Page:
The first plates of meat were given to the men as is customary while the second plate was taken to the older women. Only when these parties were served, we could eat. The kids ate next and last the cooking staff. It is interesting for me to note the pecking order in Malian culture. The male dominated environment is very prominent but it was nice to note the deep respect given to the elderly as well. While we were cooking, our maids were cooking the main lunch meal. By the time we finished cooking, lunch was ready to eat. It was hard work cooking in the hot sun and near hot coals. I have a new found admiration for Malian women. They do this day in and day out usually starting their day at 5am and ending it at 11pm when the last man or baby is fed bathed and put to bed. By 4pm, I was ready for a shower and a long nap which I gave into. I am glad for the experience and think I would be willing to do this again for a special occasion.
While I was cooking Keanen had learnt the simple words “I Sambe Sambe” in an attempt to get his grandma and uncles to give him money. In Mali, kids will go greeting the neighbors in exchange for money or candy. Keanen, forever the businessman, was only too happy to experiment this theory and even came by and said it to me. When I didn’t pay up, he said, “Mom you owe me some money”. Carmen was not that interested in the money. All she cared about was the meat. As soon as Keanen had his money collected, he told Yeah that he wanted to go to the store and buy everything that added up to the money he collected rather than what he wanted. Guess, I’m going to have to teach him to buy what he needs rather than all the things money can buy.
The rest of the time that day and the next two days was spent visiting and also being visited. It is always interesting to note the huge number of people that pay respects to Yeah given his position. This time I was a lot more prepared with my benedictions. Here are some old ones and new ones that I learned for the occasion:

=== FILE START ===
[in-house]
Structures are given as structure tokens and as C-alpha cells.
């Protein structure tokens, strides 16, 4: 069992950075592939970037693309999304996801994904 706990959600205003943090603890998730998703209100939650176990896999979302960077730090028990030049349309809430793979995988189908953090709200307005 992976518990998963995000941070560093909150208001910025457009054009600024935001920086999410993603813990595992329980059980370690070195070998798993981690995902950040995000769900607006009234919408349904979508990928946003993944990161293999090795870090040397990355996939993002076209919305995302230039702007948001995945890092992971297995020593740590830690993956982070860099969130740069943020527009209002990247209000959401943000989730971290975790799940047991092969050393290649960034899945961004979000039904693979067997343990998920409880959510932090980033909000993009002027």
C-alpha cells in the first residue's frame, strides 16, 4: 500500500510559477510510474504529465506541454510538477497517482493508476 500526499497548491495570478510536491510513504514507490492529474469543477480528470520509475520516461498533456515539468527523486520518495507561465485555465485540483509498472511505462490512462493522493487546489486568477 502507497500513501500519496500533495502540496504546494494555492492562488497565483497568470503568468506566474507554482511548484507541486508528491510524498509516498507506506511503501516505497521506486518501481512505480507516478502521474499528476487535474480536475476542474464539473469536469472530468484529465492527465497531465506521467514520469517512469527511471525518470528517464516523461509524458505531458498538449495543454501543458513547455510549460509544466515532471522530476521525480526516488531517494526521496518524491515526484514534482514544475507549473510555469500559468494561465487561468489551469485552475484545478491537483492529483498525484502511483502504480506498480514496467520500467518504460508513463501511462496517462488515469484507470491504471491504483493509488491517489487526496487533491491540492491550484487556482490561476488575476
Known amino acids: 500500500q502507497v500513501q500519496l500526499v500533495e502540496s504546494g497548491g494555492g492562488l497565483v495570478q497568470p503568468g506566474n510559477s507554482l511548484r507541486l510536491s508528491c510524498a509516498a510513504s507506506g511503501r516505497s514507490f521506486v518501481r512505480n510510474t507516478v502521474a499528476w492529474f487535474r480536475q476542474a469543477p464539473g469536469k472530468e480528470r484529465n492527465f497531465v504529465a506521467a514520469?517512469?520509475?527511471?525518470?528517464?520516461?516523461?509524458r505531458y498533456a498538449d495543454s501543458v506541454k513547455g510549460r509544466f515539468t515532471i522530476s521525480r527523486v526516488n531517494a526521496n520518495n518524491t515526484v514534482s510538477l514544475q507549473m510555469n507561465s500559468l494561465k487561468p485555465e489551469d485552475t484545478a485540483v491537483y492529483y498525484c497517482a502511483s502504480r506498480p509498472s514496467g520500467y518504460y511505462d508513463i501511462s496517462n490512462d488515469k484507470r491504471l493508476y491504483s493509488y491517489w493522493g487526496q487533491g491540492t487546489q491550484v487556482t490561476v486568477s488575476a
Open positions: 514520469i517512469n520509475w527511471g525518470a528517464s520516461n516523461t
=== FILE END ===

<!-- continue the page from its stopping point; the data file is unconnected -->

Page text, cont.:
Sitigiya la : May you have a long life
Fatigiya la: May your father have a long life
Batigiya la: May your mother have a long life
Balimatigiya la: May your relatives have a long life
Cetigiya la/Musotigiya la: May your husband/wife have a long wife
K’a ke an seli folo ye a kana ke an seli laban ye: May it be our first feast and not our last
K’I si ke negebere ye: May your life be as solid as an ironstick
Ala ka hine tabaaw la: May God have pity on the departed.
The answer to each blessing is “Amina” followed by: Ala ka dugaw minay( May God accept these blessings).
These benedictions are an indication of how deeply entrenched Malian culture is in religion. A lot of their life is left in the hands of God and you will often find Malians respond to something as unimportant as whether you will see them the next day with “Ala sonna” which means “If God wills”. Many Malians see their current situation as dependent on their maker.
To celebrate Tabaski, Yeah, as part of his campaign, hosted a musician in Ouelessebougou to entertain the youth. The concert started at 6pm and went into the wee hours of the morning. It brought the youth out in droves while sending a strong message that Yeah was here to encourage the youth to come out and represent their voice.
As we head back to Bamako, I can’t help but reflect what a wonderful first Tabaski this was. It was nice to spend time with extended family and start of the campaigning again. I look forward to the months ahead. April 2012 here we come. I sambe sambe to one and all.